Such a bleak conclusion is par for the course for this show, which loves to remind us that every joy can only be achieved through the application of intense pain. And, to be honest, this finale is probably the best ending we could have expected for most of these characters. It’s peace, of a sort, even if The 100 doesn’t do much in the way of interrogating or explaining why the characters who chose to reject apparent eternal peace in a hive mind consciousness in favor of one last lifetime on Earth.
But it’s also a final condemnation of Clarke Griffin, which feels deeply wrong – and quite frankly, cruel – after her journey thus far. Her character honestly deserves better than this, and so do the fans that love her. Clarke’s seven-season arc doesn’t really conclude so much as just stop, and her pseudo-happy ending only comes about because the other characters recognize the breadth of her sacrifice rather than the show itself. Clarke herself is, once again, denied anything like real interiority in the show’s final hour, and other than a line about not wanting to be alone we have precious little insight into her final decisions or feelings about anything.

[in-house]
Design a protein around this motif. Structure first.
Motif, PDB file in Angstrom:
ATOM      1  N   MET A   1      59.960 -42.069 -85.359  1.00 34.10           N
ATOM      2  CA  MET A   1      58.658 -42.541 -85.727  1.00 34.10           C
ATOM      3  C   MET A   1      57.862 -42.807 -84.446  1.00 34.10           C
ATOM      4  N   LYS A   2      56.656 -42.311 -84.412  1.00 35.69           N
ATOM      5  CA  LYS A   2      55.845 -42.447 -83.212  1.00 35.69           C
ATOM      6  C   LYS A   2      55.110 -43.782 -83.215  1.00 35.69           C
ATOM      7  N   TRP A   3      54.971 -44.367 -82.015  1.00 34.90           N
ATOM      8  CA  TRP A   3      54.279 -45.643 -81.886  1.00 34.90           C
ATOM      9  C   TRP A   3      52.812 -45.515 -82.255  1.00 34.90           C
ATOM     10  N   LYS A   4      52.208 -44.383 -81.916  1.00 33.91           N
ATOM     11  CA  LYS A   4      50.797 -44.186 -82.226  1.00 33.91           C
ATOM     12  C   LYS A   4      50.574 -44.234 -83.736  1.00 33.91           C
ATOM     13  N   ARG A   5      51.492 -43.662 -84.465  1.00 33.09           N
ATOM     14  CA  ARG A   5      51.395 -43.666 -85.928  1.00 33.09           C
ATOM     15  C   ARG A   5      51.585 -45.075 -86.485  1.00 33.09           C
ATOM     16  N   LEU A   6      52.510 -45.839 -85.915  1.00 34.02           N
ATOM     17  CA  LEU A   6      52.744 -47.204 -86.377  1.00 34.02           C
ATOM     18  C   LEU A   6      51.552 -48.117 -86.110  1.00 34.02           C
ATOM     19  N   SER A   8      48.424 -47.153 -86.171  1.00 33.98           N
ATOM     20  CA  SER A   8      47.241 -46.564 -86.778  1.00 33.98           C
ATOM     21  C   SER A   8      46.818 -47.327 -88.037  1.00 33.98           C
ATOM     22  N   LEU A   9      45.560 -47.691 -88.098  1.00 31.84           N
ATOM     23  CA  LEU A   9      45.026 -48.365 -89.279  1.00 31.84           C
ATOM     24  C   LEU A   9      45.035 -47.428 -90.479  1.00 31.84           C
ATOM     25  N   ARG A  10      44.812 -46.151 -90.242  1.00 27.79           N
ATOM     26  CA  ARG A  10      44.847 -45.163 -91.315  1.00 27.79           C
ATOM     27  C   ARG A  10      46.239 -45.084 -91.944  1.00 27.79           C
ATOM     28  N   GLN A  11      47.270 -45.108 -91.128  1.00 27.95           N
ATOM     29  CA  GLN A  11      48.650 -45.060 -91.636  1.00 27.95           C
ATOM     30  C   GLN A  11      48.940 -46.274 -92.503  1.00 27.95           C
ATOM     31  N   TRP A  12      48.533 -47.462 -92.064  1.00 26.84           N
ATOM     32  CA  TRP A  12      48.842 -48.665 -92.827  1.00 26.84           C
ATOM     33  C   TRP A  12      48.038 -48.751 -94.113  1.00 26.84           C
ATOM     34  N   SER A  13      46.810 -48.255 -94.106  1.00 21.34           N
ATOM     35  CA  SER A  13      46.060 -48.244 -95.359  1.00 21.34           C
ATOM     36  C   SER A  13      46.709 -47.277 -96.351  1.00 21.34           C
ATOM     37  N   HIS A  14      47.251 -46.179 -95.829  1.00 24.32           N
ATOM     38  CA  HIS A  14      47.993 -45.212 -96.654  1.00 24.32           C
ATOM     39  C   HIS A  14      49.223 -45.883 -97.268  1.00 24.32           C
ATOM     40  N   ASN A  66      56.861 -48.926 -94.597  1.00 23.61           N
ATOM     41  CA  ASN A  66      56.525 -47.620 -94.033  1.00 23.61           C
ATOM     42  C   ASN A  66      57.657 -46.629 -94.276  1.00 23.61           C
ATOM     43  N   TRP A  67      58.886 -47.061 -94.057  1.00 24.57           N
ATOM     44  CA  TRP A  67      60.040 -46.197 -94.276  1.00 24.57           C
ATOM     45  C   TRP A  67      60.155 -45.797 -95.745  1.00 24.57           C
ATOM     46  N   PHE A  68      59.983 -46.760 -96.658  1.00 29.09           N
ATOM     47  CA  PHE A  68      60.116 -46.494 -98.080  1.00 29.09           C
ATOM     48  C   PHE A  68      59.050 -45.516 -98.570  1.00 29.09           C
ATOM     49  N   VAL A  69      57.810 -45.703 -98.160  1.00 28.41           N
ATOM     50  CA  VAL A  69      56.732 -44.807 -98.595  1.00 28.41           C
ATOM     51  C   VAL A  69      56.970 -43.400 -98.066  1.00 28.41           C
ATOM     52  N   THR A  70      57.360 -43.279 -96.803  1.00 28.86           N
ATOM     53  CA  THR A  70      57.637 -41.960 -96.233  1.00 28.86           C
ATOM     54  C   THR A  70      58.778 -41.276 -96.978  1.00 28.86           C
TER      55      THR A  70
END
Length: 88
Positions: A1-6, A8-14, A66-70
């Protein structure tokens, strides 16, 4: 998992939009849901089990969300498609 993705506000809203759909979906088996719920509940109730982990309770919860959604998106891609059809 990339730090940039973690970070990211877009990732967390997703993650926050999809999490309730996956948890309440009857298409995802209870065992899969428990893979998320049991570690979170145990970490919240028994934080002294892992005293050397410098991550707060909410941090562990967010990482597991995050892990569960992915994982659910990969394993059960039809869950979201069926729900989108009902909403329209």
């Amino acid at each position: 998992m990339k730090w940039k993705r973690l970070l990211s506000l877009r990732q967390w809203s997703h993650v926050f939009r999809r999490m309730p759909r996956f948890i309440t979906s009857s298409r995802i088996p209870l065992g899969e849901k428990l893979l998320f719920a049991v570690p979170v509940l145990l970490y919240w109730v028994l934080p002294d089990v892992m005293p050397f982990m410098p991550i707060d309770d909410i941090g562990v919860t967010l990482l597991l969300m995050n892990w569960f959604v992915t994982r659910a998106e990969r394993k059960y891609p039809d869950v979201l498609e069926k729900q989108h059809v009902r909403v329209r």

Season 7, as a whole, has struggled to figure out what to do with Clarke in this final run of episodes, frequently forcing her character to the sidelines of the narrative and generally ignoring her perspective. We still don’t really have a clear idea of the fallout from all her various traumas in Season 6 – Sanctum, Josephine, the Primes, Abby’s death – let alone how everything that’s happened this season (Bellamy, Madi, dooming all of humanity to die) has impacted her. (Will I be bitter forever that we got roughly four minutes of screen time dedicated to her decision to kill Bellamy? Yes. Yes, I will.)
Instead, it feels as though The 100 simply gives up on her character entirely and, let me be clear: I hate it.
On paper, the idea of Clarke as a Biblical-type figure, a Moses who fights to get her people to the promised land but who is barred from entering it herself makes a certain amount of sense. But in actuality, it feels as though Clarke is being punished in ways that others in the same universe are not, and her final judgment is just one more heaping dose of suffering dumped on a woman who’s already seen more than her fair share.